However, I think the important thing is just to get something down on paper in terms of a first draft.
It’s amazing how much an edit can improve things, and it can be really enjoyable and fulfilling, too, because it feels like you’re really making a difference to the piece as a whole.
When you’re writing a book it’s best not to read too much of any one particular author because their style can permeate yours
– Tim Relf
Q – What have you learnt between writing your first pieces of fiction to the fiction you are writing now? Have you had feedback from anyone that you wish you had known when you first started?
TR – I’ve become more aware of how important the initial/central ‘idea’ is. It strikes me that if a book doesn’t have a compelling or original premise it can struggle, no matter how good the writing is. Feedback can be tricky business.
You absolutely have to listen to it and learn from it, particularly if it’s from agents or editors because those guys really do know what they’re talking about.
At the same time though, you have to have a strong sense of what you’re trying to achieve and where you’re going with the book, and you’ve got to try to stay true to that vision.
Q – Do you borrow from other writers in the same way musicians might take ideas and concepts from other artists?
TR – Well, I’m sure I do borrow – no writer or book is an island — but I try not to too much. I was told that when you’re writing a book it’s best not to read too much of any one particular author because their style can permeate yours, even subconsciously.
A writer I know only reads short story anthologies when they’re working on a book to avoid this problem.
Most of the research never gets used, but it helps shape my sense of a character – who would they vote for? What do they like eating? What do they watch on TV? It’s those details that help you fashion a sense of someone and that, in turn, helps you understand what decisions they’d make.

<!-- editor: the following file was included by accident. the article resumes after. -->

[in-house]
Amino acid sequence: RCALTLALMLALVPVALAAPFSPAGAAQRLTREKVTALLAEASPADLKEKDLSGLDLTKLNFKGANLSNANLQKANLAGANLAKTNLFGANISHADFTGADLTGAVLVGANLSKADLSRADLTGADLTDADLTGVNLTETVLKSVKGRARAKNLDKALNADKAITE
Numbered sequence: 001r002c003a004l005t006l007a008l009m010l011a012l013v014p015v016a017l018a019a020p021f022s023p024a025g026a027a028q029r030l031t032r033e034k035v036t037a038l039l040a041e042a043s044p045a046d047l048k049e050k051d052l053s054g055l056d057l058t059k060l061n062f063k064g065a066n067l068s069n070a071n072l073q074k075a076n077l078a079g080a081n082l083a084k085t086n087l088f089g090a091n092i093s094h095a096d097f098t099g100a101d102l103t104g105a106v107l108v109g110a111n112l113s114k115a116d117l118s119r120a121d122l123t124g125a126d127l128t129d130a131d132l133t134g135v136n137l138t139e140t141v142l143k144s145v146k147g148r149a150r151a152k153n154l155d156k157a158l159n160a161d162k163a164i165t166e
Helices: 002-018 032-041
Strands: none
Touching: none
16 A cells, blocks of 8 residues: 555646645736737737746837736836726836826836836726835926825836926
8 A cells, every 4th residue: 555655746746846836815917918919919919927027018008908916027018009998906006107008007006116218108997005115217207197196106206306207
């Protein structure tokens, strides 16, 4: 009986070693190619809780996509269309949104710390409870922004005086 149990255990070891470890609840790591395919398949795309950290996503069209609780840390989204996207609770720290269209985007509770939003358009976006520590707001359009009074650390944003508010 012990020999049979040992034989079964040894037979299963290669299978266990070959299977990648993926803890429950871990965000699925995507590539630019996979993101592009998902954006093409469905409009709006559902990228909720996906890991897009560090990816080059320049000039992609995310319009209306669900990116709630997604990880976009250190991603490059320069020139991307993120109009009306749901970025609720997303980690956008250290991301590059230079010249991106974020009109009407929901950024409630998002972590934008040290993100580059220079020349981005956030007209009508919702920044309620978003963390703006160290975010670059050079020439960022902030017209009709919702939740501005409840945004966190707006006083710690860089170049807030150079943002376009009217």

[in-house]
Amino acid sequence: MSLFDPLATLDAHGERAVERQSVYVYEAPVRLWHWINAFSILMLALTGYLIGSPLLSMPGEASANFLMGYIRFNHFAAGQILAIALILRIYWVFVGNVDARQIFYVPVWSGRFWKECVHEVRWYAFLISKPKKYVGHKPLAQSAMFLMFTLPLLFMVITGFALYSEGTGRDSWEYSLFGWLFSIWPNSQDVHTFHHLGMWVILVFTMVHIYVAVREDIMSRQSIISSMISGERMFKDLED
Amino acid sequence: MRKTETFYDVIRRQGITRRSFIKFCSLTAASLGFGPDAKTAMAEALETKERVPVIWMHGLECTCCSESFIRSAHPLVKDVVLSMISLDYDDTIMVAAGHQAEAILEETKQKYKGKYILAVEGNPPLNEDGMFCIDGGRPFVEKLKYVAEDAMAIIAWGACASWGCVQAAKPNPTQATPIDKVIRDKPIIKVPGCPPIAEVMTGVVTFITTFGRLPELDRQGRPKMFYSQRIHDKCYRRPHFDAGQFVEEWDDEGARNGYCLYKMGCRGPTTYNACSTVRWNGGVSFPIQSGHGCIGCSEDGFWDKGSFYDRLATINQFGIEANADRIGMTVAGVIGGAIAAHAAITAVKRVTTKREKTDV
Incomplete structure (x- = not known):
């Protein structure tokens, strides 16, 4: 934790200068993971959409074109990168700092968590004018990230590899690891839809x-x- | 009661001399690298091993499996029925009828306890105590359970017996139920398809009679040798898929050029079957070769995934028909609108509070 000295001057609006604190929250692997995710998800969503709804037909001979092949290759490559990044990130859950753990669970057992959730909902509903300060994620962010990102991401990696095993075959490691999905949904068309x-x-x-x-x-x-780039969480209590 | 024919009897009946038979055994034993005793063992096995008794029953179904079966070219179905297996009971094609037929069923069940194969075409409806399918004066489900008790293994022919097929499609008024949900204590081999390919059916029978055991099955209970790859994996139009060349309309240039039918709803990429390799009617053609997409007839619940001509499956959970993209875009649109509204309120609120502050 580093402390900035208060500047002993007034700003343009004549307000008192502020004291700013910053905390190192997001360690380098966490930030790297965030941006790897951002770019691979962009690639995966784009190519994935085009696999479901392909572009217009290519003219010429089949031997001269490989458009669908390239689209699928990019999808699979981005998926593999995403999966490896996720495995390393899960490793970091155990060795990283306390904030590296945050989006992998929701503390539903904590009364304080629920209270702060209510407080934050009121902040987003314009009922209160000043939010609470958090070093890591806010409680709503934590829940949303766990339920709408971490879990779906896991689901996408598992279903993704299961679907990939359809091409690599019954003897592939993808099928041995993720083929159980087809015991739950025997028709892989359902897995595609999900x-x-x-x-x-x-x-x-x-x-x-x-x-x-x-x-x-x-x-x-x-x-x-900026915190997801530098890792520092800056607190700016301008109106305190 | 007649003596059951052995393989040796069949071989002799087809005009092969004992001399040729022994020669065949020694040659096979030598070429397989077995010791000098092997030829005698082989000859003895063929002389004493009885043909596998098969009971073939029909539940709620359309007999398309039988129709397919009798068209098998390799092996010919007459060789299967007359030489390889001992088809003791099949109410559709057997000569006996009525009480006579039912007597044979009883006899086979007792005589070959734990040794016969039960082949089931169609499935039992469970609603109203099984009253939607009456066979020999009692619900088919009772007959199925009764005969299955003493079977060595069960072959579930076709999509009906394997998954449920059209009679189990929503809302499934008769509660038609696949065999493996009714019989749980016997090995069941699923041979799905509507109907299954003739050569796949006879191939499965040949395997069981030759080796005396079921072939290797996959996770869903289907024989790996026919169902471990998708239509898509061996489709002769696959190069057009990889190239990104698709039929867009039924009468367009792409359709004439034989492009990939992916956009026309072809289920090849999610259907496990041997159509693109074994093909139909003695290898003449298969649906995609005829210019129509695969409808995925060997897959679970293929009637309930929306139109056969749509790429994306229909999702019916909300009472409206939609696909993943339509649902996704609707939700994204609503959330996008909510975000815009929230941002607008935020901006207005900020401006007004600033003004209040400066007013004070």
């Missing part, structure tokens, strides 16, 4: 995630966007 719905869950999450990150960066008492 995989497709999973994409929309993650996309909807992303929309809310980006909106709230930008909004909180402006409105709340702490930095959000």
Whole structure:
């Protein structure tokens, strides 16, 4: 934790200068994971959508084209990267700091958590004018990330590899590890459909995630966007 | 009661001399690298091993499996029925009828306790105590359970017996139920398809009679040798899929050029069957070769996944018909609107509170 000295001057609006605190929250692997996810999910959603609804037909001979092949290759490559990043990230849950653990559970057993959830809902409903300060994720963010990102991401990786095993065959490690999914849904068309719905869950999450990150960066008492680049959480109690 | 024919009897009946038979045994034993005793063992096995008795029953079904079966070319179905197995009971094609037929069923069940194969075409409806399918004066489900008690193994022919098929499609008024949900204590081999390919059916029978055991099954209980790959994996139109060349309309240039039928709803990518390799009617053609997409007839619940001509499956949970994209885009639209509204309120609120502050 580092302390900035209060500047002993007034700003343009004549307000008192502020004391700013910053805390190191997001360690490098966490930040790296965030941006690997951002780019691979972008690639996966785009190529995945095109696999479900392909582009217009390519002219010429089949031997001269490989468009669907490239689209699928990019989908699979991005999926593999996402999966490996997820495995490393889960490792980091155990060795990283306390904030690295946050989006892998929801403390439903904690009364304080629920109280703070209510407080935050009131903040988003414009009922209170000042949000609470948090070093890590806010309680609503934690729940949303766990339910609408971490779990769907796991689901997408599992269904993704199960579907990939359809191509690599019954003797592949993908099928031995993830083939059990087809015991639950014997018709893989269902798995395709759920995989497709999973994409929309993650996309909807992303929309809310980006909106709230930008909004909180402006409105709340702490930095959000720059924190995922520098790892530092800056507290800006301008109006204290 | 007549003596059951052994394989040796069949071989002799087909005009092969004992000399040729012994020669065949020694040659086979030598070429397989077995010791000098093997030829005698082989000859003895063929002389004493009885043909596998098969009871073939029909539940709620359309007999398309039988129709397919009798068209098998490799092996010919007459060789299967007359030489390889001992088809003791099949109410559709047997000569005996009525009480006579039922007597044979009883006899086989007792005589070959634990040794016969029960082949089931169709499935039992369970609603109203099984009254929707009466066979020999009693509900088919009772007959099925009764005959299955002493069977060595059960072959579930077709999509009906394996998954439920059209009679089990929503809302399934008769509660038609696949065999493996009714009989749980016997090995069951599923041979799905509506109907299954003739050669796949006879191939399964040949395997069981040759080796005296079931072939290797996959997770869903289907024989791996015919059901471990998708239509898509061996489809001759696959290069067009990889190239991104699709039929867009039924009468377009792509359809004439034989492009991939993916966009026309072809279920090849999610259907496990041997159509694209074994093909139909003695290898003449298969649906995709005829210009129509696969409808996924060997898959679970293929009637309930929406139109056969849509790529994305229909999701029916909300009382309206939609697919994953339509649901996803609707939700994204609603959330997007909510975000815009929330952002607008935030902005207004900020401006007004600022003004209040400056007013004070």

– Tim Relf
Q – When you wrote What She Left, did you have the entire story planned out and know your ending, or did it evolve as you wrote it?
TR – I’ve approached different books in different ways and I’m increasingly coming to the conclusion there isn’t a single right way of doing it.
As you’ll know, some writers plan zealously, while others just sit down and hit the keyboard.
I personally like the idea of planning. It seems logical and sensible, but I think I’m someone who explores – and ultimately, finds – stories by actually writing them, rather than planning them.
This means there can be a lot of editing, but, as we talked about earlier, I enjoy this aspect.
Q – How do you go about researching your writing?
TR – I find that the internet is essential for research. I also always badger people I know who are the same age as a particular character to find out what their cultural reference points are.
Most of the research never gets used, but it helps shape my sense of a character — who would they vote for? What do they like eating? What do they watch on TV? It’s those details that help you fashion a sense of someone and that, in turn, helps you understand what decisions they’d make.
Q – How much of a role do your characters play in directing your plots? Do they ever surprise you?
TR – Absolutely. They also get under your skin, and they can be hard to leave behind when you stop writing about them.
I’m always envious of people who write series, as I love the idea of continuing with a character, book after book.
I’m afraid that we learn my protagonist is dead very early on in What She Left, so I’ve rather closed the door on a sequel!
Q – Tim, thank you for your time. You’ve given us plenty to think about!
TR – Thank you for having me. Good luck.